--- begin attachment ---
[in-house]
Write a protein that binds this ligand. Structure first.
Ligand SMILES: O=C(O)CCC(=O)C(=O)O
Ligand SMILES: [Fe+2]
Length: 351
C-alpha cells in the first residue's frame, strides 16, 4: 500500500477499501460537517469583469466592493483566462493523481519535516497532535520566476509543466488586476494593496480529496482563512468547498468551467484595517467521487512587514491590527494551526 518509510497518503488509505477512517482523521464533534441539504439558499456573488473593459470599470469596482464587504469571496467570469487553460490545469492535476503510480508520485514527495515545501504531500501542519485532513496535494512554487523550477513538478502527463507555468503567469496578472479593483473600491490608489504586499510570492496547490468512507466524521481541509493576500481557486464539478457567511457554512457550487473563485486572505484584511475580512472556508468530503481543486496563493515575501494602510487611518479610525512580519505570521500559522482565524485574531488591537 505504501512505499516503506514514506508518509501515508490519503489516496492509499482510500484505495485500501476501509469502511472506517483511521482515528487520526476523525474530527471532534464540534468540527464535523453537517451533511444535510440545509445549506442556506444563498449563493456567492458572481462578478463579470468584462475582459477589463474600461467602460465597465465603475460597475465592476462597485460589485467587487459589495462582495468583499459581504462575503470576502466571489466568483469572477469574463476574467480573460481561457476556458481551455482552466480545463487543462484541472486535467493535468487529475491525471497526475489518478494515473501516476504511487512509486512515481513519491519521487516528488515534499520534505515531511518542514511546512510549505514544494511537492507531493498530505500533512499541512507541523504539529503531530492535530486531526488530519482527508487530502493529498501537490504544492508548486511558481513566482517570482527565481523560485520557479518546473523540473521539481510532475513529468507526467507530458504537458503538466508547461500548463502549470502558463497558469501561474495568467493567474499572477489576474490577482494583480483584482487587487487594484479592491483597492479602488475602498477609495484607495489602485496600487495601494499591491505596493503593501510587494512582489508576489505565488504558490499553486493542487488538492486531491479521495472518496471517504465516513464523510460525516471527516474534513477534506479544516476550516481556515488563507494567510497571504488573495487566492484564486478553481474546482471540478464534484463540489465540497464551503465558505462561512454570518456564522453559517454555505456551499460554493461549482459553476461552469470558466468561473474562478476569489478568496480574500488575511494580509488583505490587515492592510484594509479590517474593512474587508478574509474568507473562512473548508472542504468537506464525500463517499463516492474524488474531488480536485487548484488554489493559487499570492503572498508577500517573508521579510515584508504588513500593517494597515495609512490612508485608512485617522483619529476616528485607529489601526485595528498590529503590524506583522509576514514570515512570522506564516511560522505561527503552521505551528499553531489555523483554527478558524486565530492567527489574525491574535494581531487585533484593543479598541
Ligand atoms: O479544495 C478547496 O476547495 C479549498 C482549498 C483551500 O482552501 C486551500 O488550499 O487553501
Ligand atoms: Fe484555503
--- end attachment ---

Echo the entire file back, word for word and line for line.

[in-house]
Write a protein that binds this ligand. Structure first.
Ligand SMILES: O=C(O)CCC(=O)C(=O)O
Ligand SMILES: [Fe+2]
Length: 351
C-alpha cells in the first residue's frame, strides 16, 4: 500500500477499501460537517469583469466592493483566462493523481519535516497532535520566476509543466488586476494593496480529496482563512468547498468551467484595517467521487512587514491590527494551526 518509510497518503488509505477512517482523521464533534441539504439558499456573488473593459470599470469596482464587504469571496467570469487553460490545469492535476503510480508520485514527495515545501504531500501542519485532513496535494512554487523550477513538478502527463507555468503567469496578472479593483473600491490608489504586499510570492496547490468512507466524521481541509493576500481557486464539478457567511457554512457550487473563485486572505484584511475580512472556508468530503481543486496563493515575501494602510487611518479610525512580519505570521500559522482565524485574531488591537 505504501512505499516503506514514506508518509501515508490519503489516496492509499482510500484505495485500501476501509469502511472506517483511521482515528487520526476523525474530527471532534464540534468540527464535523453537517451533511444535510440545509445549506442556506444563498449563493456567492458572481462578478463579470468584462475582459477589463474600461467602460465597465465603475460597475465592476462597485460589485467587487459589495462582495468583499459581504462575503470576502466571489466568483469572477469574463476574467480573460481561457476556458481551455482552466480545463487543462484541472486535467493535468487529475491525471497526475489518478494515473501516476504511487512509486512515481513519491519521487516528488515534499520534505515531511518542514511546512510549505514544494511537492507531493498530505500533512499541512507541523504539529503531530492535530486531526488530519482527508487530502493529498501537490504544492508548486511558481513566482517570482527565481523560485520557479518546473523540473521539481510532475513529468507526467507530458504537458503538466508547461500548463502549470502558463497558469501561474495568467493567474499572477489576474490577482494583480483584482487587487487594484479592491483597492479602488475602498477609495484607495489602485496600487495601494499591491505596493503593501510587494512582489508576489505565488504558490499553486493542487488538492486531491479521495472518496471517504465516513464523510460525516471527516474534513477534506479544516476550516481556515488563507494567510497571504488573495487566492484564486478553481474546482471540478464534484463540489465540497464551503465558505462561512454570518456564522453559517454555505456551499460554493461549482459553476461552469470558466468561473474562478476569489478568496480574500488575511494580509488583505490587515492592510484594509479590517474593512474587508478574509474568507473562512473548508472542504468537506464525500463517499463516492474524488474531488480536485487548484488554489493559487499570492503572498508577500517573508521579510515584508504588513500593517494597515495609512490612508485608512485617522483619529476616528485607529489601526485595528498590529503590524506583522509576514514570515512570522506564516511560522505561527503552521505551528499553531489555523483554527478558524486565530492567527489574525491574535494581531487585533484593543479598541
Ligand atoms: O479544495 C478547496 O476547495 C479549498 C482549498 C483551500 O482552501 C486551500 O488550499 O487553501
Ligand atoms: Fe484555503